"Obamacare is collapsing."

Those were the words of President Trump in his recent speech before a joint session of Congress. He's not alone in his thinking. Aetna CEO Mark Bertolini said a few weeks ago that the Obamacare exchanges are in a "death spiral." 

The passage in 2010 of the Affordable Care Act, nicknamed Obamacare, ushered in a boom period for hospital stocks. Which stocks should benefit from the repeal and replacement of the healthcare legislation? Here's why HealthEquity (NASDAQ:HQY), UnitedHealth Group (NYSE:UNH), and Molina Healthcare (NYSE:MOH) could be smart picks.

Obamacare / Affordable Care Act with "Repealed" stamped on cover

Image source: Getty Images.

HealthEquity: Soaring away with HSAs

HealthEquity's share price has more than doubled over the last 12 months. If Obamacare is ultimately repealed, the stock should be poised for even greater growth.

One of the most frequently mentioned components of any plan to replace Obamacare is increased use of health savings accounts (HSAs). HealthEquity provides the integrated HSA platform for 60 health plans, including many of the largest plans in the U.S.

The company currently commands a 14% market share and stands to gain a larger piece of the pie. And the pie itself is sure to grow if the Republican Party replaces Obamacare with something more to its liking.

It's true that HealthEquity stock trades at a sky-high earnings multiple. However, that lofty valuation shouldn't scare investors away. Premium share prices are common for a fast-growing leader in a relatively new industry. If Obamacare is repealed, the odds that HealthEquity shares soar seem pretty good. 

UnitedHealth Group: Already moving beyond Obamacare

UnitedHealth Group is one of several large health insurers that have dramatically reduced their participation in the Obamacare exchanges after losing too much money. The company could increase its profits, though, depending on what comes after Obamacare.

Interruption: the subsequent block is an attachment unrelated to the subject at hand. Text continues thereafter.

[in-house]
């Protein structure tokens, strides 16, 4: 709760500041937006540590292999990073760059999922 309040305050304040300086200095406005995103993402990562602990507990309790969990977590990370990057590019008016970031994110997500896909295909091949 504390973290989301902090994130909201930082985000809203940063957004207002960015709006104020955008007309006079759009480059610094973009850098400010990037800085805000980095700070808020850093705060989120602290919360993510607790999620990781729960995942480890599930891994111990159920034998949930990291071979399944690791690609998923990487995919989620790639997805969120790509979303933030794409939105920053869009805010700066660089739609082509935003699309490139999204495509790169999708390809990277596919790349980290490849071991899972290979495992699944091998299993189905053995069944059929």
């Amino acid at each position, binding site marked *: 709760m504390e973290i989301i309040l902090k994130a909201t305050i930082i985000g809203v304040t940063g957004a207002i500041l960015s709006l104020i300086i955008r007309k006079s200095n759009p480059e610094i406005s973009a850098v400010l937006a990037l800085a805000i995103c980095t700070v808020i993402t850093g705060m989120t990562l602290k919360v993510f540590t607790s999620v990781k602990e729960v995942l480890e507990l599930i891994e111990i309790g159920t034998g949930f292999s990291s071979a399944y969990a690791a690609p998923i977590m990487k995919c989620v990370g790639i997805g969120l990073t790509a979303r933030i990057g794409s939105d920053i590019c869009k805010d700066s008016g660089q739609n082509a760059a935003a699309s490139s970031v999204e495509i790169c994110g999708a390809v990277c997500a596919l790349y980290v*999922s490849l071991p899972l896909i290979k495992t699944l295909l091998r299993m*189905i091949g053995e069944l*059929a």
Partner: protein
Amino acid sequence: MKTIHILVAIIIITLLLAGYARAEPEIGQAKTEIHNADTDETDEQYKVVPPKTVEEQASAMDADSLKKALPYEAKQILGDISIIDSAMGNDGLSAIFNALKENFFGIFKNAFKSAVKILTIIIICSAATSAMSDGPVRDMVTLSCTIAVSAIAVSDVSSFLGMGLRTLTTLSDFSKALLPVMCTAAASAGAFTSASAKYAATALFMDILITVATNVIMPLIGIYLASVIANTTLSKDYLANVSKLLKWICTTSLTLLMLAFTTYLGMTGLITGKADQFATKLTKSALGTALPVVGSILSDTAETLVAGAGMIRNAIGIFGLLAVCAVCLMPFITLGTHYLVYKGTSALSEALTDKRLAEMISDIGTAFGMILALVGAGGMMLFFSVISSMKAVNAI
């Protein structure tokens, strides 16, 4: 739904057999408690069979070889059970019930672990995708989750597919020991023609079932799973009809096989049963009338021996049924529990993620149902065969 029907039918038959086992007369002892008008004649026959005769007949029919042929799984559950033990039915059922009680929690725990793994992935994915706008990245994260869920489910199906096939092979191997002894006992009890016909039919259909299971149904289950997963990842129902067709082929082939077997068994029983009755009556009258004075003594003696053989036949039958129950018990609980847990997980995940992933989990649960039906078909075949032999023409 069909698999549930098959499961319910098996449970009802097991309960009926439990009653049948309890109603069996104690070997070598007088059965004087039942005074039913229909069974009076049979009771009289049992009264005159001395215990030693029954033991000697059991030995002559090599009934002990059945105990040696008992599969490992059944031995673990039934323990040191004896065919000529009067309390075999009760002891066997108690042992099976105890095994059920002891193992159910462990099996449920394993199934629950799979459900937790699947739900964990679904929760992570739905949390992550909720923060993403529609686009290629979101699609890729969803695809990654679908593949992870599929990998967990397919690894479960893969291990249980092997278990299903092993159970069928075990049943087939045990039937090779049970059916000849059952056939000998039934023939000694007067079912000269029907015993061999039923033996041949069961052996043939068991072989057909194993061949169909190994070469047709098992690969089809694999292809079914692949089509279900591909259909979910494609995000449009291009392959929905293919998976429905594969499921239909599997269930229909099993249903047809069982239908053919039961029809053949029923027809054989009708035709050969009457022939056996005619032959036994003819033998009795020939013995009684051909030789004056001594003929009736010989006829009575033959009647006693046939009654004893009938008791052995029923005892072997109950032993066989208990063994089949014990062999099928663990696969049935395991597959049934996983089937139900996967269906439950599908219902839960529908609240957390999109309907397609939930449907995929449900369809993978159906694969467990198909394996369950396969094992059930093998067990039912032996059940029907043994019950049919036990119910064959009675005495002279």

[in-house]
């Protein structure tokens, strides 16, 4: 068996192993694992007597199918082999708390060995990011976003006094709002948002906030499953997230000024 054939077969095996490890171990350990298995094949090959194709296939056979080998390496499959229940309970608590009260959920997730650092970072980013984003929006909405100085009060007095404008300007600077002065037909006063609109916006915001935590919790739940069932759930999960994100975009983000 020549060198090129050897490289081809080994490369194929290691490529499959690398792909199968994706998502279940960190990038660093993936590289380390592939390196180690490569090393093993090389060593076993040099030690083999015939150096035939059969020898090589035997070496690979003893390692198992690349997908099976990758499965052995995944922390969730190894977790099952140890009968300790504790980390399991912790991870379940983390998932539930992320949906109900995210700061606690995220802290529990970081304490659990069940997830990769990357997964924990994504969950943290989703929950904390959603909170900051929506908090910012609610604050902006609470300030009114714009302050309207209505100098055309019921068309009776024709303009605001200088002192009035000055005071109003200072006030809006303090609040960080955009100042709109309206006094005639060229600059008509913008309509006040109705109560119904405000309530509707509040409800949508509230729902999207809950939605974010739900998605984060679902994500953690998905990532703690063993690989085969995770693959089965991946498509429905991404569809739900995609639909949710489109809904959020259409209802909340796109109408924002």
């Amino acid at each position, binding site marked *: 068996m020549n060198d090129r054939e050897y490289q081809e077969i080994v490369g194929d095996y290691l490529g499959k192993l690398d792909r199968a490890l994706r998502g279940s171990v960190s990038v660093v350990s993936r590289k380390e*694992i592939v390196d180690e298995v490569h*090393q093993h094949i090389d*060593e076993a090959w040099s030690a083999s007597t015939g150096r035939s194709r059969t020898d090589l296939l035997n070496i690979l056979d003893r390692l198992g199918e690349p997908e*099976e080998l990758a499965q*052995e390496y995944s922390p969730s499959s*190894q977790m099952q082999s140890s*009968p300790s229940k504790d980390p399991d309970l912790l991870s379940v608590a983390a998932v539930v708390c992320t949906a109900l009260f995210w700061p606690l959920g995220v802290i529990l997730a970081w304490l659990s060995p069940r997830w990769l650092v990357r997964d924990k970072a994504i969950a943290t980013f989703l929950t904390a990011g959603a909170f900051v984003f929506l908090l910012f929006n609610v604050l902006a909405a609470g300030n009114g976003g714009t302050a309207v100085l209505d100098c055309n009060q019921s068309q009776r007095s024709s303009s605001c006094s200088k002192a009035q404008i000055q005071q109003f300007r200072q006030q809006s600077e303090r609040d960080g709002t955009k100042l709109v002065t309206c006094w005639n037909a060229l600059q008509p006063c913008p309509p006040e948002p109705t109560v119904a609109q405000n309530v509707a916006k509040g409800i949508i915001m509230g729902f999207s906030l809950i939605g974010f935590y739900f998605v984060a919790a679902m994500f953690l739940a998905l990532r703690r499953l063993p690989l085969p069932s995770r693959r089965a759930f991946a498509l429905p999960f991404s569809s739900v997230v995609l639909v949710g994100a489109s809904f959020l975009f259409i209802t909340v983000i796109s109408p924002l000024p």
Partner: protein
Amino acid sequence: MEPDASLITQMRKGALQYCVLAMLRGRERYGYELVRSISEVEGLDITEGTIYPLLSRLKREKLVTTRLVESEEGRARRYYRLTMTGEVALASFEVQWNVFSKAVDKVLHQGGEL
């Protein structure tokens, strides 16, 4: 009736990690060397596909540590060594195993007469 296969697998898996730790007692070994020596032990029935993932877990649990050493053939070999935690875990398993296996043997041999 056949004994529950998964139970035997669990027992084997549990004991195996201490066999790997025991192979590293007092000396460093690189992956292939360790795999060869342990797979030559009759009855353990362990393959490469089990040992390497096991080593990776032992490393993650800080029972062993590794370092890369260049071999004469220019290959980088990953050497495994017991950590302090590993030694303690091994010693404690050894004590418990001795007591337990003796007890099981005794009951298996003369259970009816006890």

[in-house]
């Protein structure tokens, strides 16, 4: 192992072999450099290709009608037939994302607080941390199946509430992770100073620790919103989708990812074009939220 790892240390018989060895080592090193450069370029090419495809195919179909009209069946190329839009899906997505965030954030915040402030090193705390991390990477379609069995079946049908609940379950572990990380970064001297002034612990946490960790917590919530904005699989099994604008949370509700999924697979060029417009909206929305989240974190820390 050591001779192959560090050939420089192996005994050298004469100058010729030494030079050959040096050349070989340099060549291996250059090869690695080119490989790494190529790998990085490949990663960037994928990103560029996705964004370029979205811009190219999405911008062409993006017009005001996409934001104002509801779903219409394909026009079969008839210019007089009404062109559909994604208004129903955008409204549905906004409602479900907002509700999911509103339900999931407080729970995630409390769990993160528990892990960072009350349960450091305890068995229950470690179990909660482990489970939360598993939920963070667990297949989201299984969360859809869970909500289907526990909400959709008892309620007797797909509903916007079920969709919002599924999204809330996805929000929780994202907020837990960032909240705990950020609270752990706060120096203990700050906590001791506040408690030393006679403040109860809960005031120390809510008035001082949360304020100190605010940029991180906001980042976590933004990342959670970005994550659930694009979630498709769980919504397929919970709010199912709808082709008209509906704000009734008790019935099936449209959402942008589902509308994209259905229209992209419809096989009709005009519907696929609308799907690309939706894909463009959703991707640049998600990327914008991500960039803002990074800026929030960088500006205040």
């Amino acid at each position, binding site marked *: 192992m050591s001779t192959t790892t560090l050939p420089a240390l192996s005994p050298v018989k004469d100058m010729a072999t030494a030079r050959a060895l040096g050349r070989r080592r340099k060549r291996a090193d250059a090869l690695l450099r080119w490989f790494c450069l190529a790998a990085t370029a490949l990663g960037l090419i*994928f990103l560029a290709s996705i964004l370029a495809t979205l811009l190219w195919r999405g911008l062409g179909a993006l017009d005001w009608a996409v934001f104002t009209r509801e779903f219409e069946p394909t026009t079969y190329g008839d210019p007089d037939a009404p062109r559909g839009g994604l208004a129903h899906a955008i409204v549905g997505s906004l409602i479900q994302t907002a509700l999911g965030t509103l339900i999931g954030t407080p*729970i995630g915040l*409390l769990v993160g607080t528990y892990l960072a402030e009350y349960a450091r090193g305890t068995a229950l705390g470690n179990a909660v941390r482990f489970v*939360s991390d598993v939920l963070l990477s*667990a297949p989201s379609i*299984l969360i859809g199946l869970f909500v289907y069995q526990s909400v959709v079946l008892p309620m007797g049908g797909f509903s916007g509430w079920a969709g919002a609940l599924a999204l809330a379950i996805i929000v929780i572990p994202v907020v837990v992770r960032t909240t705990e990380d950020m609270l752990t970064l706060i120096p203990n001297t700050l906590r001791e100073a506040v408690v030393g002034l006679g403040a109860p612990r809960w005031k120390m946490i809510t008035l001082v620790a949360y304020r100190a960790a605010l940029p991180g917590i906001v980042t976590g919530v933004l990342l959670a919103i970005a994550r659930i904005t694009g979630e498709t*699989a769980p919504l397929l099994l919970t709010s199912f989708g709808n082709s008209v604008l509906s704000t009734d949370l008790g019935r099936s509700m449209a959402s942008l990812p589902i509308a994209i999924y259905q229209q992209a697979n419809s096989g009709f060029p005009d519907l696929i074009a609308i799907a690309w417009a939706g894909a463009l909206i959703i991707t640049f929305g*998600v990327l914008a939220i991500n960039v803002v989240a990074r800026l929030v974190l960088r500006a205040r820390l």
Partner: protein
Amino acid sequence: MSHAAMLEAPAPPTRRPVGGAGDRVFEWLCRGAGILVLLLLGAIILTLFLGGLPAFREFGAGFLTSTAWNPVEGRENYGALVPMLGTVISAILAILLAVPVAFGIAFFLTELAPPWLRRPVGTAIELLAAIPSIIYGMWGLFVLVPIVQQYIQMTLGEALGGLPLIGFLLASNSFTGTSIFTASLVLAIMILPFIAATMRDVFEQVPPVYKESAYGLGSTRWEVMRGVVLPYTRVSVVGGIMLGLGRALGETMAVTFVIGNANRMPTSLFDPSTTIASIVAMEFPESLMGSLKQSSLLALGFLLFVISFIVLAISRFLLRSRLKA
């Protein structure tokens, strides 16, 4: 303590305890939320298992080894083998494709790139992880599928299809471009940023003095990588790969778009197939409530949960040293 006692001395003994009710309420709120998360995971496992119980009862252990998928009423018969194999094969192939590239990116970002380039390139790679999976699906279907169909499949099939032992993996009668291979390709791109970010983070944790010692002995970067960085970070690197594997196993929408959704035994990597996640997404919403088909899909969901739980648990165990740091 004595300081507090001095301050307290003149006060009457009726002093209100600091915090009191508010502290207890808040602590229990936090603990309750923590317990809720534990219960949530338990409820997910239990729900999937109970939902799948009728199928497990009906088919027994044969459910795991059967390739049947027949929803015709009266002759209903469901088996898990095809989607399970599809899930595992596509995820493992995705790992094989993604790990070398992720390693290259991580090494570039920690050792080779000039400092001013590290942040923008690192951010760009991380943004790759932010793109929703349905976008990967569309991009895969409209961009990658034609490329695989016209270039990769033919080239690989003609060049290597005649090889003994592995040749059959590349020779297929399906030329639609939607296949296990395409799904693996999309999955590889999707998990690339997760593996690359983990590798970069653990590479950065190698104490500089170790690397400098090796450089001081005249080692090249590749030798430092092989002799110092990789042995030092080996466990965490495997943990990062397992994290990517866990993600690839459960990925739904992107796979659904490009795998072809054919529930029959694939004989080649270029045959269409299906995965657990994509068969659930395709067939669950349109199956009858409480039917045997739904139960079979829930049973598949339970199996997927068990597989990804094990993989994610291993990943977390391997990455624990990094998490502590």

The ability to more easily compete across state lines should benefit UnitedHealth. It's the biggest health insurer in the country and operates in all 50 states. That scale should be helpful if competitive bars are lowered.

Removal of the Obamacare requirement that all health plans provide minimum benefits could also enable UnitedHealth to improve its bottom line. Some of the benefits required under Obamacare increased costs for the insurer. The ability to tailor benefits for specific customer needs should be a positive for the company.

UnitedHealth's real growth engine isn't its insurance business, though. The company's Optum business segment provides pharmacy benefits management services, along with technology and consulting services to the healthcare industry. Regardless of what happens with Obamacare, Optum seems likely to continue to perform well.

Molina Healthcare: Think long term

Molina Healthcare might seem like a crazy pick related to a potential repeal of Obamacare. The company not only participates in the Obamacare exchanges, but also prospered under the Medicaid expansion funded by the healthcare act. Unlike HealthEquity and UnitedHealth Group, Molina's stock has suffered due to the real possibility of Obamacare going away.

In the short term, Molina could feel the sting if repeal of Obamacare significantly reduces funding to states that expanded Medicaid. However, I actually think that Molina will benefit from the collapse of Obamacare over the long term. 

One idea being floated by the GOP is to give states block grants for funding Medicaid. Each state would be able to run the Medicaid program as it chooses. My view is that this could make Molina's managed Medicaid services even more attractive to states.

Also, Republicans have discussed the possibility of providing tax credits to Americans to purchase health insurance. Molina's expertise with crafting benefit programs for lower-income individuals helped the company fare better than most in the Obamacare exchanges. The company could emerge as a winner if the tax credit idea is included with an Obamacare replacement.

This article represents the opinion of the writer, who may disagree with the “official” recommendation position of a Motley Fool premium advisory service. We’re motley! Questioning an investing thesis -- even one of our own -- helps us all think critically about investing and make decisions that help us become smarter, happier, and richer.